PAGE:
Common Meds May Raise Risk of Alzheimer's in Seniors

Study: Link seen with long-term use of pills for insomnia, anxiety
By John Johnson,  Newser Staff
Posted Sep 10, 2014 3:31 PM CDT
Common Meds May Raise Risk of Alzheimer's in Seniors
   (AP Photo/Matt Rourke, File)

Seniors dealing with insomnia or anxiety might want to take it easy on commonly prescribed drugs such as Ativan, Xanax, Valium, and Klonopin, a new study in the British Medical Journal suggests. Researchers in Canada found what looks to be a strong link between Alzheimer's and this class of drugs, called benzodiazepines, reports the CBC. Specifically, those who took the drugs for longer than 3 months were 51% more likely to develop the disease. The study compared 1,800 people age 65 and older recently diagnosed with about 7,100 seniors who did not have Alzheimer's.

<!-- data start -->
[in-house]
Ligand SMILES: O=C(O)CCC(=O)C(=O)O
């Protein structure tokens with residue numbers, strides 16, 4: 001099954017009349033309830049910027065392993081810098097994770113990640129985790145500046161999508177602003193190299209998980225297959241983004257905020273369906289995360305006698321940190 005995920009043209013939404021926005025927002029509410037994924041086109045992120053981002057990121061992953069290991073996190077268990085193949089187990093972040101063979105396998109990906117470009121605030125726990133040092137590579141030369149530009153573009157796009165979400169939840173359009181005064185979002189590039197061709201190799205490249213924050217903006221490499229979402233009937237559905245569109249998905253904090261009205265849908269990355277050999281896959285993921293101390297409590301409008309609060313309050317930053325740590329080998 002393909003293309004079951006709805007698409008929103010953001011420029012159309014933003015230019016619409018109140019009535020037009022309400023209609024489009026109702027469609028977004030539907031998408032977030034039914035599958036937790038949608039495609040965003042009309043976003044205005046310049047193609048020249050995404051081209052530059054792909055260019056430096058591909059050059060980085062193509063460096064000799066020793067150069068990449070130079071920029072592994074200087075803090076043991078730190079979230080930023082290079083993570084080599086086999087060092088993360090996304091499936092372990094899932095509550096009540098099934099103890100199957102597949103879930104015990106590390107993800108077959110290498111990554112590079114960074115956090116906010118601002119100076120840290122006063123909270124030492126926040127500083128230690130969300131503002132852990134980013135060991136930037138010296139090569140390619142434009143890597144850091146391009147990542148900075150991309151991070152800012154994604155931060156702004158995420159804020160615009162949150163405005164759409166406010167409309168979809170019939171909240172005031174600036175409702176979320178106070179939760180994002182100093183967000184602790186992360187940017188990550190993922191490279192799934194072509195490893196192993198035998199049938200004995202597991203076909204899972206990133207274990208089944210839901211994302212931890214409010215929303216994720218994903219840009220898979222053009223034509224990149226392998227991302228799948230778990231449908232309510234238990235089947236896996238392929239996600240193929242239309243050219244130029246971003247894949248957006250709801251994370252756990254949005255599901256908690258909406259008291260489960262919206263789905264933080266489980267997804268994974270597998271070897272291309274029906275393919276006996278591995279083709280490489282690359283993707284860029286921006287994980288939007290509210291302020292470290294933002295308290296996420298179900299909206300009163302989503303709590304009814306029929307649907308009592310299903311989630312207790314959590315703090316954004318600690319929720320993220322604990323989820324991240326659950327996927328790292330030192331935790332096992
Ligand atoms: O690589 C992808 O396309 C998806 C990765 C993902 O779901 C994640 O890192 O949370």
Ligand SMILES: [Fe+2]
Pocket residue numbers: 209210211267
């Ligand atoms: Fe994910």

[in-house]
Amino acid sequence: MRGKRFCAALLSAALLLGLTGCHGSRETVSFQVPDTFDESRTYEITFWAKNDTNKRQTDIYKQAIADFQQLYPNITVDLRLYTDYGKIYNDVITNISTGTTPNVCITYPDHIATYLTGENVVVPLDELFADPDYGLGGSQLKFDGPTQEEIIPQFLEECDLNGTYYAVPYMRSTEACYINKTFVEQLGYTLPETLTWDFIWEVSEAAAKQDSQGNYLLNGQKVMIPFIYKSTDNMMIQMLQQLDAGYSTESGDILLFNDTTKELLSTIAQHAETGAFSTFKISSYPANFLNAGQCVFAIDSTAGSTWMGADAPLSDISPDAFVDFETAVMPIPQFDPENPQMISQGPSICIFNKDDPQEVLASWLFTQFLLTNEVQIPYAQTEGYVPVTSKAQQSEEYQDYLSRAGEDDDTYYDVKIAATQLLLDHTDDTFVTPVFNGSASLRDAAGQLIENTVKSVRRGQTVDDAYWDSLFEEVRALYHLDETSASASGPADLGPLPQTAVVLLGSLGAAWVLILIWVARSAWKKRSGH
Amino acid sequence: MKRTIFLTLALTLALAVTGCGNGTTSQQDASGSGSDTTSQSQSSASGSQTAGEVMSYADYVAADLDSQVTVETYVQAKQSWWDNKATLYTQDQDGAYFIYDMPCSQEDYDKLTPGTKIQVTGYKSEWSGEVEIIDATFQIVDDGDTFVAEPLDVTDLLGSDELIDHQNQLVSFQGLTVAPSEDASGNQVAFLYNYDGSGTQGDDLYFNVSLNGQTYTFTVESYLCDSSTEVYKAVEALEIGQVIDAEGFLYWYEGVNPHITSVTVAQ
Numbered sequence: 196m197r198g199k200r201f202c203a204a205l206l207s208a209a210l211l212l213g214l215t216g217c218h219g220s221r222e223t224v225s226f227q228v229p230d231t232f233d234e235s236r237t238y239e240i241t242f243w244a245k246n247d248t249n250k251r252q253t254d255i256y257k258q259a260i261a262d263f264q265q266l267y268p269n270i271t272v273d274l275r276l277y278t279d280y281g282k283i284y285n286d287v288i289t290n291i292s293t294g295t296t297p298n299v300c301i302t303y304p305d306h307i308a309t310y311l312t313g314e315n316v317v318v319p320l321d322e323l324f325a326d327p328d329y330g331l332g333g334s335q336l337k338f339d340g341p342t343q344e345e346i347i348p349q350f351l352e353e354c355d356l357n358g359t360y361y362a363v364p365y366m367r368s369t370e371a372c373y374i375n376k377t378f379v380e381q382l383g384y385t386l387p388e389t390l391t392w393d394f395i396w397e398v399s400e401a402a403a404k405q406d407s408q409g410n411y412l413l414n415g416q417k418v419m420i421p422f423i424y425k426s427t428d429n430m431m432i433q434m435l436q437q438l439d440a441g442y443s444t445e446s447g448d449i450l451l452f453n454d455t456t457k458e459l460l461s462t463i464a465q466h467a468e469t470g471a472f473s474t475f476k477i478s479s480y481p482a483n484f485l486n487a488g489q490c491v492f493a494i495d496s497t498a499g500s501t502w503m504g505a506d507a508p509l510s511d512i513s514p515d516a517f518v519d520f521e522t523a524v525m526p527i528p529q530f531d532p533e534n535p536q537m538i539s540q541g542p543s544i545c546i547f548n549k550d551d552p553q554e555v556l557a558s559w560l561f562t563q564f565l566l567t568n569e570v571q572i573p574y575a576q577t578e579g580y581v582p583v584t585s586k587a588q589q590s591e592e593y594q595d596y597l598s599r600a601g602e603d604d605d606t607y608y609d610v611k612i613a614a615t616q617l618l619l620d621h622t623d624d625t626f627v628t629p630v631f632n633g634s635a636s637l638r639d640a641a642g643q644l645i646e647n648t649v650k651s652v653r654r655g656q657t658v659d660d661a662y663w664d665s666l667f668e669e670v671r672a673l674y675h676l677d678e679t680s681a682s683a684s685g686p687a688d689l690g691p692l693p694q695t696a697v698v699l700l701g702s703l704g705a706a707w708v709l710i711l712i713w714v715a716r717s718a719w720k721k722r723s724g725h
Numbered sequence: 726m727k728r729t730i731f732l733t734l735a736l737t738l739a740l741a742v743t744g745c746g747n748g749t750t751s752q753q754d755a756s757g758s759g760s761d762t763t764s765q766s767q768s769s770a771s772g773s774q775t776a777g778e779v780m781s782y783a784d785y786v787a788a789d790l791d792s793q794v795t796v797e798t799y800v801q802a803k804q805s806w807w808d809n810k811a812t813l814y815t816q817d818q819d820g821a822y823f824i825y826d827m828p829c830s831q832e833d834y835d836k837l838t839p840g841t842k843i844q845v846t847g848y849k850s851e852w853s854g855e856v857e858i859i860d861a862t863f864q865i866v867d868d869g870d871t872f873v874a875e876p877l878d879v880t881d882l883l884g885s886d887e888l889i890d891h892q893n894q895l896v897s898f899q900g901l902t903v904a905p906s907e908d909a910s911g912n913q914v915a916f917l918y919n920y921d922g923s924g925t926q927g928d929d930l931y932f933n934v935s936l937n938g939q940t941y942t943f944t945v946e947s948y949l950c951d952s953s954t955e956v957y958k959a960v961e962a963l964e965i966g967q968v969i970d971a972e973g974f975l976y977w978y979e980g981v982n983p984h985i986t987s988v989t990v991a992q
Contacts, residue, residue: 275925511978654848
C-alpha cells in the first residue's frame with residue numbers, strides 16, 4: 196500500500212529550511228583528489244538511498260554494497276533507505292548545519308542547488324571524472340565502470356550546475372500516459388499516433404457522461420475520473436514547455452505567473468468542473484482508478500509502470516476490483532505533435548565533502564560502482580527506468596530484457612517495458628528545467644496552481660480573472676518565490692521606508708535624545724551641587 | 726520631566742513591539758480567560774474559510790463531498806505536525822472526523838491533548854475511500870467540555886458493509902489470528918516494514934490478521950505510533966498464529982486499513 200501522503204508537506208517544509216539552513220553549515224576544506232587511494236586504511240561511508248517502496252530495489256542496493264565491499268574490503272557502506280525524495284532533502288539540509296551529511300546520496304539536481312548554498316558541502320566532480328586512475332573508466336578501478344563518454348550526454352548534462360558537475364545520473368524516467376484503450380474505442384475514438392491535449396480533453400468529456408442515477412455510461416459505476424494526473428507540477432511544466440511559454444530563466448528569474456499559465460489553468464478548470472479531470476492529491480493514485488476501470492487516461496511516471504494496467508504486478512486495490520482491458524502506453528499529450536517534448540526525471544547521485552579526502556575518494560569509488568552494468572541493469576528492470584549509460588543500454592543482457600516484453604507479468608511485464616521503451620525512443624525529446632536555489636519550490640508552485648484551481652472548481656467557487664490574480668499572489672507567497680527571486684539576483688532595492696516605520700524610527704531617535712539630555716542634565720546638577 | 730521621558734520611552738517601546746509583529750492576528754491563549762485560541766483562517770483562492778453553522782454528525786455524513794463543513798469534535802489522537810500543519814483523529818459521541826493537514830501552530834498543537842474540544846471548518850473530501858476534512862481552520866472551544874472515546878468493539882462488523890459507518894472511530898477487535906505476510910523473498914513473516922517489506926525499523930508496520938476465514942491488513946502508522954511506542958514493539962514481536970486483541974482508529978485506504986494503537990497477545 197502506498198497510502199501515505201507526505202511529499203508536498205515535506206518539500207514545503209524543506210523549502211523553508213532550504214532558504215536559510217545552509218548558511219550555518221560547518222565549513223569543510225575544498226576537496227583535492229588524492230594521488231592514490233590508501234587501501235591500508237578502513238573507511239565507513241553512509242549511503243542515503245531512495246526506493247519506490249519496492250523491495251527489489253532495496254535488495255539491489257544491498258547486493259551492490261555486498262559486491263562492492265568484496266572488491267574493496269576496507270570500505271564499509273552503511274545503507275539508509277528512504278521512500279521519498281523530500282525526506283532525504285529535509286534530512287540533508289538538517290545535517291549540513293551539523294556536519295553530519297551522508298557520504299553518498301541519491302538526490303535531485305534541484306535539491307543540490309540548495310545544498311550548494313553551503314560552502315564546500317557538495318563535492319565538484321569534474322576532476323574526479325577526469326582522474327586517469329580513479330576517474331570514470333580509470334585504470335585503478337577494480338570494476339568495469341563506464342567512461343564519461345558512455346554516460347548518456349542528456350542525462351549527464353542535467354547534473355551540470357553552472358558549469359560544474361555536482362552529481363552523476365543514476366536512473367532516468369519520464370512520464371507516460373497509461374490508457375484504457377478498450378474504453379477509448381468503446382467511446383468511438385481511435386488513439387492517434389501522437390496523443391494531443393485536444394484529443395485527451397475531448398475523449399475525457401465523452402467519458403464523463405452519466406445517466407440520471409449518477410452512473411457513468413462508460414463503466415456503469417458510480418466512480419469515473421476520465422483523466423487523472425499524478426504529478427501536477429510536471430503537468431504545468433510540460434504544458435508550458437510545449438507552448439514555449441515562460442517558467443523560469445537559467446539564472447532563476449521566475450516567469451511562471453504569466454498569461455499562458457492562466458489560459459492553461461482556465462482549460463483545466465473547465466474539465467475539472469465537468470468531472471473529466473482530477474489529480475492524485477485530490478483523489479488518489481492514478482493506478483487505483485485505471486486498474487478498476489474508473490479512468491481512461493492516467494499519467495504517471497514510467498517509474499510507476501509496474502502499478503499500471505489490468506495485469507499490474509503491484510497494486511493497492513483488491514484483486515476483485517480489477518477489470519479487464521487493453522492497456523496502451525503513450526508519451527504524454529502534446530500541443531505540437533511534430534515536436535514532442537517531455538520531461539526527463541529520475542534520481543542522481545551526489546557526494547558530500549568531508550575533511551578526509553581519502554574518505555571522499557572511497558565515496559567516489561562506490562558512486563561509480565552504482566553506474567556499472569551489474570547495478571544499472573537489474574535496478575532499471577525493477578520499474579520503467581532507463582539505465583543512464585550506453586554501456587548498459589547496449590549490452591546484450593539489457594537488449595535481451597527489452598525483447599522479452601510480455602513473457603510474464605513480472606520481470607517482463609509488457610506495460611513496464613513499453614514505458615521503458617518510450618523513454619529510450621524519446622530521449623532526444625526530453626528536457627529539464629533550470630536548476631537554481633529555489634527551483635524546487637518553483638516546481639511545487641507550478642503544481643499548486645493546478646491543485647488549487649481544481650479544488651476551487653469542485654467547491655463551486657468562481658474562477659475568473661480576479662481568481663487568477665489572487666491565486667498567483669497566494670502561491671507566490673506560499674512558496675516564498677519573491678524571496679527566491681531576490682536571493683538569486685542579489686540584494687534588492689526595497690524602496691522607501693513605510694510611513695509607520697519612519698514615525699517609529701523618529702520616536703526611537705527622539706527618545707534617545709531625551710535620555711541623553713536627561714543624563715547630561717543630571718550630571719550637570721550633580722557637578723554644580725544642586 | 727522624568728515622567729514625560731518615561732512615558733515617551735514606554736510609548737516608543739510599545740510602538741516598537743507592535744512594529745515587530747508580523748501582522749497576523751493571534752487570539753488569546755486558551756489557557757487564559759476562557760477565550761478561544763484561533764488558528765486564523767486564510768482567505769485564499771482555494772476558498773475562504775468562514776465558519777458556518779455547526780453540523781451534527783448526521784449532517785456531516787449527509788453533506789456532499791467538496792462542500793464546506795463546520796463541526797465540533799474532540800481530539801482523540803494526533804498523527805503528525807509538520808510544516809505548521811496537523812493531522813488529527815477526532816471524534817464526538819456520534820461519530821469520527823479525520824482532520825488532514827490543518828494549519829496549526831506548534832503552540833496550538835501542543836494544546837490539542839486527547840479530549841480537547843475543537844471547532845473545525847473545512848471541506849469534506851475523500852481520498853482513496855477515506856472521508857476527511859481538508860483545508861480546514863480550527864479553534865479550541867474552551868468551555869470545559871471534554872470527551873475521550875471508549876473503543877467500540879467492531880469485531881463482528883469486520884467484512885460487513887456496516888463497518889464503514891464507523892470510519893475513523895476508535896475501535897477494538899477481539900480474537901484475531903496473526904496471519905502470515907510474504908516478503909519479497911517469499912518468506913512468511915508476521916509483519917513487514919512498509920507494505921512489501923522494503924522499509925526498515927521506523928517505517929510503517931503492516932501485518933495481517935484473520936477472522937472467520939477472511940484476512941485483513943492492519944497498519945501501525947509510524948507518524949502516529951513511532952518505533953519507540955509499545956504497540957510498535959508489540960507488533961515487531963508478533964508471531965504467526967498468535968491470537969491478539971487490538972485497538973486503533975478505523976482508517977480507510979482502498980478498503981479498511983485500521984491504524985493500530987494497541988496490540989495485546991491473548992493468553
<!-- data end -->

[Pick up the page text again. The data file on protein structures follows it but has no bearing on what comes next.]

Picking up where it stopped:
The findings don't establish definitive proof that long-term use of benzodiazepines causes Alzheimer's, "but it does strengthen such suspicions," observes the Los Angeles Times. Scientists already knew that benzodiazepines take a toll on memory and mental sharpness, and the study authors write that their findings make it crucial for doctors "to carefully balance the risks and benefits when initiating or renewing a treatment with benzodiazepines and related products in older patients." The American Geriatrics Society already considers the drugs a bad choice for seniors, writes Alice Walton at Forbes. "It may be time for doctors to listen to this recommendation." (Scratch-and-sniff tests might someday help diagnose the ailment.)

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